May 08, 2023
Mizzou civil engineering students won awards at the 2023 American Society of Civil Engineers Mid-America Student Conference.
The Steel Bridge and Concrete Canoe teams competed against other colleges from the Mid-America region. The Steel Bridge team placed 2nd in construction speed, 2nd in economy, 3rd in overall lightness and tied for 3rd place in aesthetics. Concrete Canoe placed 6th out of 12 teams.
“I’m proud of how well everyone on the team performed,” said Emily Kramer, Steel Bridge team president. “Not only during the competition but also the amount of time and effort put in during the months leading up to competition. Our goal this year was to not get disqualified after the build portion was over and to come home with awards, and we exceeded these goals by placing in four categories.”
Before the timed competition, teams are judged on aesthetics and have an opportunity to view other teams’ bridges. Teams also must ensure bridge pieces all fit within a box. Then, one at a time, each team builds their bridge as quickly as they can, with penalties for dropping pieces. Finally, teams are judged on horizontal and vertical deflection, or how much the bridge moves when weight up to 2,500 pounds is loaded onto it.
“The overall build time for the team was a little over 14 minutes with two minutes in additional penalties for dropped bolts,” Kramer said. “We were 14 minutes faster than the 3rd place team. We went back to our hotel very happy about how the bridge performed.”
The Concrete Canoe saw a significant improvement over last year, said Velissia Perez, the team president.
“The previous year in the overall rankings we were in last place,” Perez said. “I think we made a big jump. Our scoring improved in every category since we were able to fix our mistakes last year. We made a lot of progress, and the competition went very well for our team.”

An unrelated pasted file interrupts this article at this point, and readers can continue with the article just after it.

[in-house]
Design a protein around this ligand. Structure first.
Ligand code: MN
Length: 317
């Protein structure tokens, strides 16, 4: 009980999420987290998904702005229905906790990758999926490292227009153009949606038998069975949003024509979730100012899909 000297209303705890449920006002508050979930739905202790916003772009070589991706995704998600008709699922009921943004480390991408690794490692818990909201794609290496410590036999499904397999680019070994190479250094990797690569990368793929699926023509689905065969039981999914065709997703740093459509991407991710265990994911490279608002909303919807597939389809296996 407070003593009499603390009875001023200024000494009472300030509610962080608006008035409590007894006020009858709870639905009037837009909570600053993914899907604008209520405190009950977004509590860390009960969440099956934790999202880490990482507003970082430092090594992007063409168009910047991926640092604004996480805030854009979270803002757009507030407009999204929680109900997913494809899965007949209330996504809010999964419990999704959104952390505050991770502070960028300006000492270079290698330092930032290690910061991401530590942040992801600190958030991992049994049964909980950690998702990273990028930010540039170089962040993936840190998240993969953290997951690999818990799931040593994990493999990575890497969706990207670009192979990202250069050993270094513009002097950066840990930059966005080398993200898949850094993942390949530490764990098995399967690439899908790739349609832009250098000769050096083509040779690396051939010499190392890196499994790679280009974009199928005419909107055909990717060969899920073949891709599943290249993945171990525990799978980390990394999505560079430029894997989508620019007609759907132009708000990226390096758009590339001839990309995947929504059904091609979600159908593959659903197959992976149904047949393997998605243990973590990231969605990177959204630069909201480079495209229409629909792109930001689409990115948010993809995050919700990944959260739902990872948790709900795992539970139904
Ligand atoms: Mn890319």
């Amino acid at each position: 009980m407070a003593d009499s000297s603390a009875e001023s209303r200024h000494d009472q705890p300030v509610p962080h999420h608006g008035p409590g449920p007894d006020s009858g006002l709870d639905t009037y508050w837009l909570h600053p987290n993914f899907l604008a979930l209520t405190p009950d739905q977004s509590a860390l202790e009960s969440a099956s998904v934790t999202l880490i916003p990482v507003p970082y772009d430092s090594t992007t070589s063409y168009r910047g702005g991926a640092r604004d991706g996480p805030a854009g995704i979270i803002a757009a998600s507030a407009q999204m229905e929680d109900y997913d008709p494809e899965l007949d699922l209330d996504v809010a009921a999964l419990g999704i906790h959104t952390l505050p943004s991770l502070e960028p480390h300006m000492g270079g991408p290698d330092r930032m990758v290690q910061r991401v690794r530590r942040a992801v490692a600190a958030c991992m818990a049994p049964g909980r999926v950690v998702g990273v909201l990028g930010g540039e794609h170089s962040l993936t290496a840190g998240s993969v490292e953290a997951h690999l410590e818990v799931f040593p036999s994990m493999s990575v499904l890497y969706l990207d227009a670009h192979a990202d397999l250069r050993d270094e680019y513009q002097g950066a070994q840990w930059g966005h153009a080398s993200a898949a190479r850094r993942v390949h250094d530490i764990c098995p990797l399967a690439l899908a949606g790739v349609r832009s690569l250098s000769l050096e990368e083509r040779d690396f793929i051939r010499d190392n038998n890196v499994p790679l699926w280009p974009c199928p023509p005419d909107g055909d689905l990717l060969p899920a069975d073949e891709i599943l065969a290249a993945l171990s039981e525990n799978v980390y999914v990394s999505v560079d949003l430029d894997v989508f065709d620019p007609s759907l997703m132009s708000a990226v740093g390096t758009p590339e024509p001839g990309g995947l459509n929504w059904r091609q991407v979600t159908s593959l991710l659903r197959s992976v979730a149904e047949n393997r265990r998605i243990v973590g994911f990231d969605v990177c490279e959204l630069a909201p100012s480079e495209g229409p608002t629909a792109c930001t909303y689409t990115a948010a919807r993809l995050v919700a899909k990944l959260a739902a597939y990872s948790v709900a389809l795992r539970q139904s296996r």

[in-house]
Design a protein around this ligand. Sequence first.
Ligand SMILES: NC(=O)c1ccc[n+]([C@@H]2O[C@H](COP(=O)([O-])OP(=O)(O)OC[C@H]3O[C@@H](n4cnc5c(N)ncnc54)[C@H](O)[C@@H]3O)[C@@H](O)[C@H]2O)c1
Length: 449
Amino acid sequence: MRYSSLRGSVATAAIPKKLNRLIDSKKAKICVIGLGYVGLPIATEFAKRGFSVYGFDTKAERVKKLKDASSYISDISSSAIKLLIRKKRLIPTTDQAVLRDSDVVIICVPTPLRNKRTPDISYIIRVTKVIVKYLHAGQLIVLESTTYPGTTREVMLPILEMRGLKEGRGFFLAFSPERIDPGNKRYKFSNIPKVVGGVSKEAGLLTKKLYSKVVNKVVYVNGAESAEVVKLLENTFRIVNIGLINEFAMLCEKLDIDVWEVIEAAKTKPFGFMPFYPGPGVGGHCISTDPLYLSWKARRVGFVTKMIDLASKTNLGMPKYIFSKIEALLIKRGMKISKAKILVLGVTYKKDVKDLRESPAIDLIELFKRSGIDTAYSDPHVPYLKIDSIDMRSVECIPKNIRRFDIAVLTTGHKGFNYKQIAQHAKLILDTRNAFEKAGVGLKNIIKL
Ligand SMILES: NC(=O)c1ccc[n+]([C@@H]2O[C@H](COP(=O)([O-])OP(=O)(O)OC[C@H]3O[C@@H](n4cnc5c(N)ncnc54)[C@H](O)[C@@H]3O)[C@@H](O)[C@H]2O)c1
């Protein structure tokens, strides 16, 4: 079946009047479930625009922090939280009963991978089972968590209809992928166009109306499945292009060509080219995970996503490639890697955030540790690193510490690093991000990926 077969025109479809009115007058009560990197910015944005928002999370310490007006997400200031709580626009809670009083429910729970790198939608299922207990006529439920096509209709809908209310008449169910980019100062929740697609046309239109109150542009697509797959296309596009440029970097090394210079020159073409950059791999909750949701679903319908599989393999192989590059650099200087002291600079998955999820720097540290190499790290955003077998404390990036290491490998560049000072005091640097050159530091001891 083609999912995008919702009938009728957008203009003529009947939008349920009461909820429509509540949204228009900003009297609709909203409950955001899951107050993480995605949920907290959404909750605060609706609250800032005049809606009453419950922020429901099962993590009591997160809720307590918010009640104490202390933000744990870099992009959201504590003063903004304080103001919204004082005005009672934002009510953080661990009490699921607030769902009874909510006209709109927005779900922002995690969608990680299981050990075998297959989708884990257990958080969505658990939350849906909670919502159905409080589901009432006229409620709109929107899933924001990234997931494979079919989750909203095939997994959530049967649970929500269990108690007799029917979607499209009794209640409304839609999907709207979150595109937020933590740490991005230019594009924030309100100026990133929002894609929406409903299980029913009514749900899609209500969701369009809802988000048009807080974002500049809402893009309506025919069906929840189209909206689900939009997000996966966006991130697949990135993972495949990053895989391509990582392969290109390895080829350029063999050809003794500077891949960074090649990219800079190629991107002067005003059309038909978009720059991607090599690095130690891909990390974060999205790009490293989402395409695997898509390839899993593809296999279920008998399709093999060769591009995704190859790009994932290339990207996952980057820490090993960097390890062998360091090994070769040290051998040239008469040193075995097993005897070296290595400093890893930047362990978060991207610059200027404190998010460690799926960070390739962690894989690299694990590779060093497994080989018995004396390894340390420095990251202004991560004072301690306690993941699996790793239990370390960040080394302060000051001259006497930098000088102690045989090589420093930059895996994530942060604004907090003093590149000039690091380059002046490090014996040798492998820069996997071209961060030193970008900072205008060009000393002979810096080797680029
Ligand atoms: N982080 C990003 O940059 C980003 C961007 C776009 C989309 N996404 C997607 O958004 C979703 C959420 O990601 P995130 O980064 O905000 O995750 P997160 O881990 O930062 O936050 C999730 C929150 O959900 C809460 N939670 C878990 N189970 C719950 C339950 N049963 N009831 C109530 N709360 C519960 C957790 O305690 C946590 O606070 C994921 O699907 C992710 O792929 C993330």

The concrete canoe competition consists of a project proposal, technical presentation, final project prototype and races.
“The final project protype is, in my opinion, the most important part,” Perez said. “This category involves the canoe we spend all year creating, which is judged on aesthetics and durability, and each team has a theme that their display is centered around. The display is sort of like a science fair set up, with a poster, materials from your concrete mix, concrete cylinders and the canoe on a stand for judges to examine.”
The most memorable moment for the team was getting to race the canoe.
“There hasn’t actually been a race at competition in 5 years due to weather,” Perez said. “Nobody at the competition had ever raced a concrete canoe, so it was really cool to finally be able to row.”
Students at the conference also had the opportunity to participate in activities such as bowling and cornhole when they weren’t competing, as well as meet with students from other colleges.
Next year, the conference will be hosted at Missouri S&T, and both teams have already started working on improving next year.
“Our team has talked about a few things, including designing a new mold to make the canoe more maneuverable in the water,” Perez said. “We also want to recruit more members and share our knowledge with more students.”
“Since our goal this year was to win awards, next year our goal is to make it to the national competition by placing first or second overall.” Kramer said. “We would like to get first place.”
Anyone, from any major, is welcome to join the Concrete Canoe and Steel Bridge teams for the upcoming school year. Students can find more information about the two teams on MU Engage.
“The team would like to thank our sponsors, faculty and staff who have helped us,” Kramer said. “We’d like to give a shout out to Praveen Edara, Oliver Giraldo-Londono, Aaron Saucier, Artesha Strong and Mary Dillon among numerous other professors who helped us throughout the year.”
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